The nation’s largest diocese geographically, Fairbanks covers more than 400,000 square miles.
Other dioceses that have filed for bankruptcy to resolve clergy sex abuse claims are San Diego, Spokane, Wash., Davenport, Iowa, and the Archdiocese of Portland, Ore. Portland, Davenport and Spokane have emerged from bankruptcy.

Indian bishops want better ‘terrorist’ definition

NEW DELHI (CNS) — The Catholic Church in India said the country is moving in “the right direction” by formulating anti-terrorism bills, but it also should define the term “terrorist” more broadly. The Catholic Bishops’ Conference of India noted the sectarian violence in Gujarat, Karnataka and Orissa states, where several incidents of extremist Hindu violence against Christians have occurred in the past five years.

“Keeping in mind communal violence that takes place in our country through inflammatory speeches and hate campaigns against religious minorities by anti-social elements,” the bishops said, “it is imperative that the definition of terrorist is made more comprehensive.”

USF angers some over honorary degree pick

WASHINGTON (CNS) — The University of San Francisco has angered some Catholics by giving Irish President Mary McAleese an honorary degree. They contend she shouldn’t be honored because she has publicly supported gay rights and the ordination of women in the Catholic Church. A university official defended the honor, stating McAleese did not address any partisan or religious themes during her acceptance speech on campus Dec. 11, and he said the college’s Catholic identity remains strong.

Iraq one of worst violators of religious freedom

WASHINGTON (CNS) — A U.S. watchdog group monitoring international religious freedom said Iraq should be named one of the world’s worst violators of religious freedom. In a report released Dec. 16, the U.S. Commission on International Religious Freedom said Iraq deserved the designation “in light of the ongoing, severe abuses of religious freedom and the Iraqi government’s toleration of these abuses, particularly abuses against Iraq’s smallest vulnerable religious minorities.”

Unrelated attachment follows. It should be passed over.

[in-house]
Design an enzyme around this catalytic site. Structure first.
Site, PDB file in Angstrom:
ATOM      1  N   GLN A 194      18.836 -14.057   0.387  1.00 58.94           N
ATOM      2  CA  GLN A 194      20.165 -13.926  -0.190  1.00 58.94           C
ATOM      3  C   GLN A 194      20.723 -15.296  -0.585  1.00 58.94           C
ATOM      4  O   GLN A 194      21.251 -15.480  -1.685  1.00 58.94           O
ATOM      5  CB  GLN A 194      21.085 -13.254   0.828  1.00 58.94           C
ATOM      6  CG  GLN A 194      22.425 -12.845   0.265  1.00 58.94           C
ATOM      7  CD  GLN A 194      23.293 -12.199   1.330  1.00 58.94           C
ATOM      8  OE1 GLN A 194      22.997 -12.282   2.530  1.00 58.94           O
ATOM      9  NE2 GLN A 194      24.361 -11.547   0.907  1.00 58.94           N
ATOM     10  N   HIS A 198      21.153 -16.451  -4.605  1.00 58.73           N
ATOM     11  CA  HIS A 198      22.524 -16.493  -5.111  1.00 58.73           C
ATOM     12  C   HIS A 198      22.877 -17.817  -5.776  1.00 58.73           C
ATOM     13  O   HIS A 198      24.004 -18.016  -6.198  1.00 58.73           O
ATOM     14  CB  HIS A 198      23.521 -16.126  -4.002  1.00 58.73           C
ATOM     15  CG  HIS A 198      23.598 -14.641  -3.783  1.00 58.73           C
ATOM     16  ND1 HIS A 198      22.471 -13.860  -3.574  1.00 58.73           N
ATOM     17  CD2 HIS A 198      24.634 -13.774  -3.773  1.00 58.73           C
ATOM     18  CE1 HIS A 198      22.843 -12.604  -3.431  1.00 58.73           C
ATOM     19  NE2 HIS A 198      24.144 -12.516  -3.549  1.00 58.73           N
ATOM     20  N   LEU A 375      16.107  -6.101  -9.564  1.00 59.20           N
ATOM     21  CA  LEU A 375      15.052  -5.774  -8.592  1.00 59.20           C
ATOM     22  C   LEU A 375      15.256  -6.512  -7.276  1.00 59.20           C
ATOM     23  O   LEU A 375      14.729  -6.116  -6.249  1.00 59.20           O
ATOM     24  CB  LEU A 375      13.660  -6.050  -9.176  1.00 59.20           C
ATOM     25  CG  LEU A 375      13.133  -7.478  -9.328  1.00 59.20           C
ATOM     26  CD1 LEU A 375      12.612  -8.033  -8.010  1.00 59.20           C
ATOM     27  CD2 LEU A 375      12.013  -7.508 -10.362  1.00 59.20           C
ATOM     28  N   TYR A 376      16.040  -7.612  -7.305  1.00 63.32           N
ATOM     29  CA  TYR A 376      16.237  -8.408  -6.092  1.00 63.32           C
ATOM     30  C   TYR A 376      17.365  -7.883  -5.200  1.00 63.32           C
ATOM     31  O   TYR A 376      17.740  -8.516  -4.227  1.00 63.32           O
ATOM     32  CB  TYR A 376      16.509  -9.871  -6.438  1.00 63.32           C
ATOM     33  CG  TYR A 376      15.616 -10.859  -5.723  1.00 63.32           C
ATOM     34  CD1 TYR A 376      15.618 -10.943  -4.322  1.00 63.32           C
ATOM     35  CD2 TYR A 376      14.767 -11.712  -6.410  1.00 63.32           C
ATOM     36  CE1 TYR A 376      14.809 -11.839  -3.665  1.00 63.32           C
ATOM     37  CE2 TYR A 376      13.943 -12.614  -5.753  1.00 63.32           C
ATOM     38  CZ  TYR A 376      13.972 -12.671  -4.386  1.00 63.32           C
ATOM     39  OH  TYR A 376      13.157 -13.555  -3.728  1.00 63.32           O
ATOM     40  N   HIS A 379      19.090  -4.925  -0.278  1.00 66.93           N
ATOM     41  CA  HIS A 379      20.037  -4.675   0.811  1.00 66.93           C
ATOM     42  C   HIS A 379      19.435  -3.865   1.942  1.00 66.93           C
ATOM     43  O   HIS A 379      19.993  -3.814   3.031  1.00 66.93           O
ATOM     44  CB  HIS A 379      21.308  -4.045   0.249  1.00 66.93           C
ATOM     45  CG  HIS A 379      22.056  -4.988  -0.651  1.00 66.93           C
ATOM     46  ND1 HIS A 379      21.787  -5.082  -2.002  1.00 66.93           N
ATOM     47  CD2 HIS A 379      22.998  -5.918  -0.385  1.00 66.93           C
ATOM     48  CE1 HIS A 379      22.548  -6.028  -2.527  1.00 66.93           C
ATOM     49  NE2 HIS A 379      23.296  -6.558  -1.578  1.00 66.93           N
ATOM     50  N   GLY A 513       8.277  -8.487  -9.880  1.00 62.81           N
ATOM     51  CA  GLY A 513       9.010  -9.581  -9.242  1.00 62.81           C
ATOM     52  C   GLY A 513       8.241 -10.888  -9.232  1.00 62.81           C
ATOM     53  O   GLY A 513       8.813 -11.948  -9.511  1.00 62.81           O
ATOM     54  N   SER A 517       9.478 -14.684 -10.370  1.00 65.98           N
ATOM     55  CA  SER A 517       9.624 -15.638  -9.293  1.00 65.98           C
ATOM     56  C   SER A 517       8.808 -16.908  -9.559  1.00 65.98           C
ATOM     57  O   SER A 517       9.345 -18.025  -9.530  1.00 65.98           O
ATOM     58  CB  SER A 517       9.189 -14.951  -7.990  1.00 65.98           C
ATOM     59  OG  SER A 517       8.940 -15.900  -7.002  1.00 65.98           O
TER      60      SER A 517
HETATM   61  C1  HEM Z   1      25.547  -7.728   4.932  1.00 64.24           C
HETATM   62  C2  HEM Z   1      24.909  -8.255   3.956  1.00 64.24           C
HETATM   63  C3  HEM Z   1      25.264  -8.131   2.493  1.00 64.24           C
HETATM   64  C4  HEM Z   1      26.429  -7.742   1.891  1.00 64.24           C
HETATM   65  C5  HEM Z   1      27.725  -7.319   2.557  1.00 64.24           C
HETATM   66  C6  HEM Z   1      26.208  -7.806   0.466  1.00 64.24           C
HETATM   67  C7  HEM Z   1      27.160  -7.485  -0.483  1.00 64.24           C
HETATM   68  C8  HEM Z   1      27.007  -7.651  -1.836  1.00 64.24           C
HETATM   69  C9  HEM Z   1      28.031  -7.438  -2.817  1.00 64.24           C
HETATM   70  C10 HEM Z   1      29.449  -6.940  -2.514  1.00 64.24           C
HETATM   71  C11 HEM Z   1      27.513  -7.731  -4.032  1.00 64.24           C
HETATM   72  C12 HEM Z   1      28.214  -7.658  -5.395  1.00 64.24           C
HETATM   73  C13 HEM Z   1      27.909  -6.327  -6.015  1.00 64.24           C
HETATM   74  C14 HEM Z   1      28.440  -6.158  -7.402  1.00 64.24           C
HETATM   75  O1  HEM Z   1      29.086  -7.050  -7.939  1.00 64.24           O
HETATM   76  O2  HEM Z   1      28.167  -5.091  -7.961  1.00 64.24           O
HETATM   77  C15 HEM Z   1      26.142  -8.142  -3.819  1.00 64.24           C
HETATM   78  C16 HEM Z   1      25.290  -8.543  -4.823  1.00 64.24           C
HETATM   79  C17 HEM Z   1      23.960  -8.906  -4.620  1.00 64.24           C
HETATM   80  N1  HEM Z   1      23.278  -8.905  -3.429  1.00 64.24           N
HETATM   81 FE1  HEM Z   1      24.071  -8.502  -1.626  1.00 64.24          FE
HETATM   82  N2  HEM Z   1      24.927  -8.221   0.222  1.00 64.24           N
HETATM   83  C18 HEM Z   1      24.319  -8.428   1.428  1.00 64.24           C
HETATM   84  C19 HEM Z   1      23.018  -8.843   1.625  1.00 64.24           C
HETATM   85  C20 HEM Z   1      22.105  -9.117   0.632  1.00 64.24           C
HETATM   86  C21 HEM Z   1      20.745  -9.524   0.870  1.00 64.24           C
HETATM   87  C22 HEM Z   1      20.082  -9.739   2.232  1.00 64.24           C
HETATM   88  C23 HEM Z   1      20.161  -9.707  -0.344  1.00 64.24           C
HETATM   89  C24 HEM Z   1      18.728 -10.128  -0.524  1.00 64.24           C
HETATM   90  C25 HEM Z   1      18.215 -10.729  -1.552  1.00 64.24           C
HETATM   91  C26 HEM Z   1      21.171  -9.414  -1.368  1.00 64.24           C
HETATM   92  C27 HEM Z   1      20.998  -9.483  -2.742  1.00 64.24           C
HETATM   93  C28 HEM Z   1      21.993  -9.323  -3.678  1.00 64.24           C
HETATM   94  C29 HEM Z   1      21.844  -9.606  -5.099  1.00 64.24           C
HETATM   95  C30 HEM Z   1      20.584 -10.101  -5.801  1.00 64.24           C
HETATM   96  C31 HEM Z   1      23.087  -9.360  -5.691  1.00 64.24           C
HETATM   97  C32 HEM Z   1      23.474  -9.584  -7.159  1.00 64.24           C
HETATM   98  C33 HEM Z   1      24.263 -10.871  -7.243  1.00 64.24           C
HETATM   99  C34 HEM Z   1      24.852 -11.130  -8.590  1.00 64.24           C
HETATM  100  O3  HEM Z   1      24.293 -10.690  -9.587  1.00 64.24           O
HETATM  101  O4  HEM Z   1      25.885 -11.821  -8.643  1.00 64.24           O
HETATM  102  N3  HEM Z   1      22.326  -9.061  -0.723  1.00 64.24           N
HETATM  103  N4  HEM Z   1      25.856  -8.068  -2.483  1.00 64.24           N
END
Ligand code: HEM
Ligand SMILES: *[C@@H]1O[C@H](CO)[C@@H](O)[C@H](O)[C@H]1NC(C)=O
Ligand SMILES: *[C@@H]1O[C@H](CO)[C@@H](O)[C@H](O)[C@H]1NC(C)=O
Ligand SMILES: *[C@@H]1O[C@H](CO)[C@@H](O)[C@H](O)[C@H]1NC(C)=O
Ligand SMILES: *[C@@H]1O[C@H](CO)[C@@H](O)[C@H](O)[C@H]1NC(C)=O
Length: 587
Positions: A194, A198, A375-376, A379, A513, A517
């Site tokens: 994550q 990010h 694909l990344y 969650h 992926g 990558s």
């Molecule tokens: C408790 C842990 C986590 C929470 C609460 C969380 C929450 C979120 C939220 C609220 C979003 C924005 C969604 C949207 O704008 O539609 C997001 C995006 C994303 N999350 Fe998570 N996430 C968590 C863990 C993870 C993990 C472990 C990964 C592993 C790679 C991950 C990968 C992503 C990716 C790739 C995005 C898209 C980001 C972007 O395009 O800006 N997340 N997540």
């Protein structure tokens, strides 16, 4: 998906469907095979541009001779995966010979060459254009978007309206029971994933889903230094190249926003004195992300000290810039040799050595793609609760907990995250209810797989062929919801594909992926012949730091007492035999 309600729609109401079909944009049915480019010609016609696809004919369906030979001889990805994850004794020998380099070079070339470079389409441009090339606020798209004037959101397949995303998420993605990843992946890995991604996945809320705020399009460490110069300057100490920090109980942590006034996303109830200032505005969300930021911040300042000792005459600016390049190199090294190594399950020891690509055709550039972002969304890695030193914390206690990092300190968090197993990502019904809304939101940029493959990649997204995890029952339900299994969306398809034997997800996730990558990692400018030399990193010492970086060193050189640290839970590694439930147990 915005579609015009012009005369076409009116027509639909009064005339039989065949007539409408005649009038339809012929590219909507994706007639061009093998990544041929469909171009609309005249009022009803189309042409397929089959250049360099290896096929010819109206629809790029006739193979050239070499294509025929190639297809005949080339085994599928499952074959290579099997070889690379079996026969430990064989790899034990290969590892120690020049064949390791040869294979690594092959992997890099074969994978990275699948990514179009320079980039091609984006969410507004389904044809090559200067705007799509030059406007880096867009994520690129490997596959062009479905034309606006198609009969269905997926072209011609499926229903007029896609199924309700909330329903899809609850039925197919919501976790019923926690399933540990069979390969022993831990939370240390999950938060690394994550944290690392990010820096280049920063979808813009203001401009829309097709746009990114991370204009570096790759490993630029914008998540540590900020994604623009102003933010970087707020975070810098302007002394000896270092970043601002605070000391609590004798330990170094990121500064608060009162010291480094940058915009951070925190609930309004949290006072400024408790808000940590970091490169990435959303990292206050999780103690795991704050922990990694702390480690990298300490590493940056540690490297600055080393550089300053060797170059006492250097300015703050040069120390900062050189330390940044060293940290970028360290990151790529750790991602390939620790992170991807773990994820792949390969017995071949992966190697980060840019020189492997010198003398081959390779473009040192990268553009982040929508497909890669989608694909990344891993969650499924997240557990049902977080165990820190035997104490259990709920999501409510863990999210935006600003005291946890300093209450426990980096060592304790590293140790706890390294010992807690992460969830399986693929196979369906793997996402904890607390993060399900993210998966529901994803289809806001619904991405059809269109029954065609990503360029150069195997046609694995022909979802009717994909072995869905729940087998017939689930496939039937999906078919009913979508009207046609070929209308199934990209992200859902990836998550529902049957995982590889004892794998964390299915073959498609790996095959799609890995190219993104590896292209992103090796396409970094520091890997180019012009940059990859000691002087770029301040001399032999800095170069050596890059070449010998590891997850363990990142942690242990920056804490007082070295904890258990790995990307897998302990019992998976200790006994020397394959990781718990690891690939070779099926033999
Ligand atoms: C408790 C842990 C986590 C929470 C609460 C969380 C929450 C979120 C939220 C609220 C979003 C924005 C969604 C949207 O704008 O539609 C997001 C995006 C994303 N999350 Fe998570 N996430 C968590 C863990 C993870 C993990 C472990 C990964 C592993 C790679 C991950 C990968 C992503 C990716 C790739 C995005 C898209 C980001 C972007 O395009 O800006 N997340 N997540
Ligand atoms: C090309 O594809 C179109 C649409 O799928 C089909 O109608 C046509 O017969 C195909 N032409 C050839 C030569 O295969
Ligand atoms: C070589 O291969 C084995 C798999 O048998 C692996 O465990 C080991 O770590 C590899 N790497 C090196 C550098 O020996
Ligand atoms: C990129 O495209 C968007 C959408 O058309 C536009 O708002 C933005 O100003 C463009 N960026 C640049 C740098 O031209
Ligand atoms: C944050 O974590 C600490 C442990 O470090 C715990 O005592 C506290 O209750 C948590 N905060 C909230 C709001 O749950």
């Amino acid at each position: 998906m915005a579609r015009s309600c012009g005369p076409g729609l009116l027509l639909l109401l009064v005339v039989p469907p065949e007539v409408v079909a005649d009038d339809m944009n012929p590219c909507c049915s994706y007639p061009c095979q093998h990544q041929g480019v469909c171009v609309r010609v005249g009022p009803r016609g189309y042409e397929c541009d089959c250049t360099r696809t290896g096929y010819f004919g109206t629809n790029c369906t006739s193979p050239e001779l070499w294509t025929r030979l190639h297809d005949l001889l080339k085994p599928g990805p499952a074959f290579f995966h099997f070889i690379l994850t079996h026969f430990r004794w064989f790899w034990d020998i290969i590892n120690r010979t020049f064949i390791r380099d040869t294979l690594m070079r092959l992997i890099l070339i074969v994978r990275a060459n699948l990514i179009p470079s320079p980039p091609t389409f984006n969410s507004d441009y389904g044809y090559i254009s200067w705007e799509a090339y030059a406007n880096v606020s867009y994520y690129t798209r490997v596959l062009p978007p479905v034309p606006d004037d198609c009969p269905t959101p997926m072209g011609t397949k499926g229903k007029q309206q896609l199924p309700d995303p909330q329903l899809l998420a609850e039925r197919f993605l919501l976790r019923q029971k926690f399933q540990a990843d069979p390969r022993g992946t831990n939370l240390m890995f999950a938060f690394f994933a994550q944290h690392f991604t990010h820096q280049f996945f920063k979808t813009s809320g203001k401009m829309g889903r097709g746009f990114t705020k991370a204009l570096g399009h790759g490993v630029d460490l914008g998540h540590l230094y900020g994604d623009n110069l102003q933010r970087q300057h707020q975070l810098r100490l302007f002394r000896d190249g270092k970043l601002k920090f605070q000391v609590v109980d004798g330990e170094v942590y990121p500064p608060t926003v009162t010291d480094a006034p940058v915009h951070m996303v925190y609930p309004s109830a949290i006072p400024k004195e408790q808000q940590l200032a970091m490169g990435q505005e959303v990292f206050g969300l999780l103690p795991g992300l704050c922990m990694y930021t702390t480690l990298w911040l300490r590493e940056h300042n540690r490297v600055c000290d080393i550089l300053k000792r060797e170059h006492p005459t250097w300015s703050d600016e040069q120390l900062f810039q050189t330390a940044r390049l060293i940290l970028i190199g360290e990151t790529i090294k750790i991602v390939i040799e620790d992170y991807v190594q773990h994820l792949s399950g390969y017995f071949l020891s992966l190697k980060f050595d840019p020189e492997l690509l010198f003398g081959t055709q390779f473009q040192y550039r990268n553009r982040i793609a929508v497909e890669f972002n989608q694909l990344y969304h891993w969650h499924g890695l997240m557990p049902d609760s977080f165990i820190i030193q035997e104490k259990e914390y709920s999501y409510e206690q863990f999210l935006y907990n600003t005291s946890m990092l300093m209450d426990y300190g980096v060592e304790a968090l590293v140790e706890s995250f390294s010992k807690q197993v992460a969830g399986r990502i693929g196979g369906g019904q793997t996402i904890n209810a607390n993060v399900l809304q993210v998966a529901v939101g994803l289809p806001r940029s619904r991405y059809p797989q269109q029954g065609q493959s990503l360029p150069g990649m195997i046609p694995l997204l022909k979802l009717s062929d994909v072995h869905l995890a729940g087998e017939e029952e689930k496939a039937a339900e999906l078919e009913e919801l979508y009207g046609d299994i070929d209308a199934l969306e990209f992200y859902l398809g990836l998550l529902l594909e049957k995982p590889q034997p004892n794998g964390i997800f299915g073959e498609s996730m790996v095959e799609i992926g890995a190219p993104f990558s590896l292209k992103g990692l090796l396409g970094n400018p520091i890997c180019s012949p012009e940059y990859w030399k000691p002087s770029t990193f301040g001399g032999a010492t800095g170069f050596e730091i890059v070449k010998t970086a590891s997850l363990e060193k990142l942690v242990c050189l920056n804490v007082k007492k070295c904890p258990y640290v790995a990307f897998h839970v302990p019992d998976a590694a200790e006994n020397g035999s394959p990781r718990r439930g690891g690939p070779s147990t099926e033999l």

The commission said Chaldean Catholics and other Christians face dire circumstances. “Their members continue to experience targeted violence and to flee to other areas within Iraq or other countries, where the minorities represent a disproportionately high percentage among Iraqi refugees,” it said.

Vatican solicits funds for AIDS drugs for global use

VATICAN CITY (CNS) — “Light a star on the tree of life” by helping the Vatican provide antiretroviral drugs to people with AIDS in the world’s poorest countries, said Cardinal Javier Lozano Barragan, president of the Pontifical Council for Health Care Ministry. The council oversees the Vatican’s Good Samaritan Foundation and its efforts to provide AIDS drugs to Catholic health-care centers, mainly in Africa.

In 2008, the foundation sent $119,000 to Vatican nuncios in Africa to purchase the antiretroviral drugs.

More women needed at Vatican, says Cherie Blair

ROME (CNS) — The Catholic Church would benefit from having more women in senior-level positions at the Vatican, Cherie Blair said during a conference on the Church’s role in defending women’s rights. “Just as diversity between and within the sexes enriches human life and strengthens our civil society, so, too, I believe would it strengthen the Cthurch if we could see more women in leadership roles within it,” she said.

Blair — a lawyer who specializes in human rights and the wife of former British Prime Minister Tony Blair — spoke Dec. 12 at a conference organized by Rome’s Pontifical University of St. Thomas Aquinas, also known as the Angelicum. Blair’s participation had been criticized by some Web sites which said the Catholic Blair was a pro-abortion public figure who did not live out Church teachings. The Angelicum refused to cancel Blair’s engagement.

After her talk, Dominican Father Bruce Williams, a professor of moral theology at the Angelicum, publicly offered an apology to Blair and said that after hearing her speech it was “crystal clear” the accusations against her were “rash and outright calumnious.”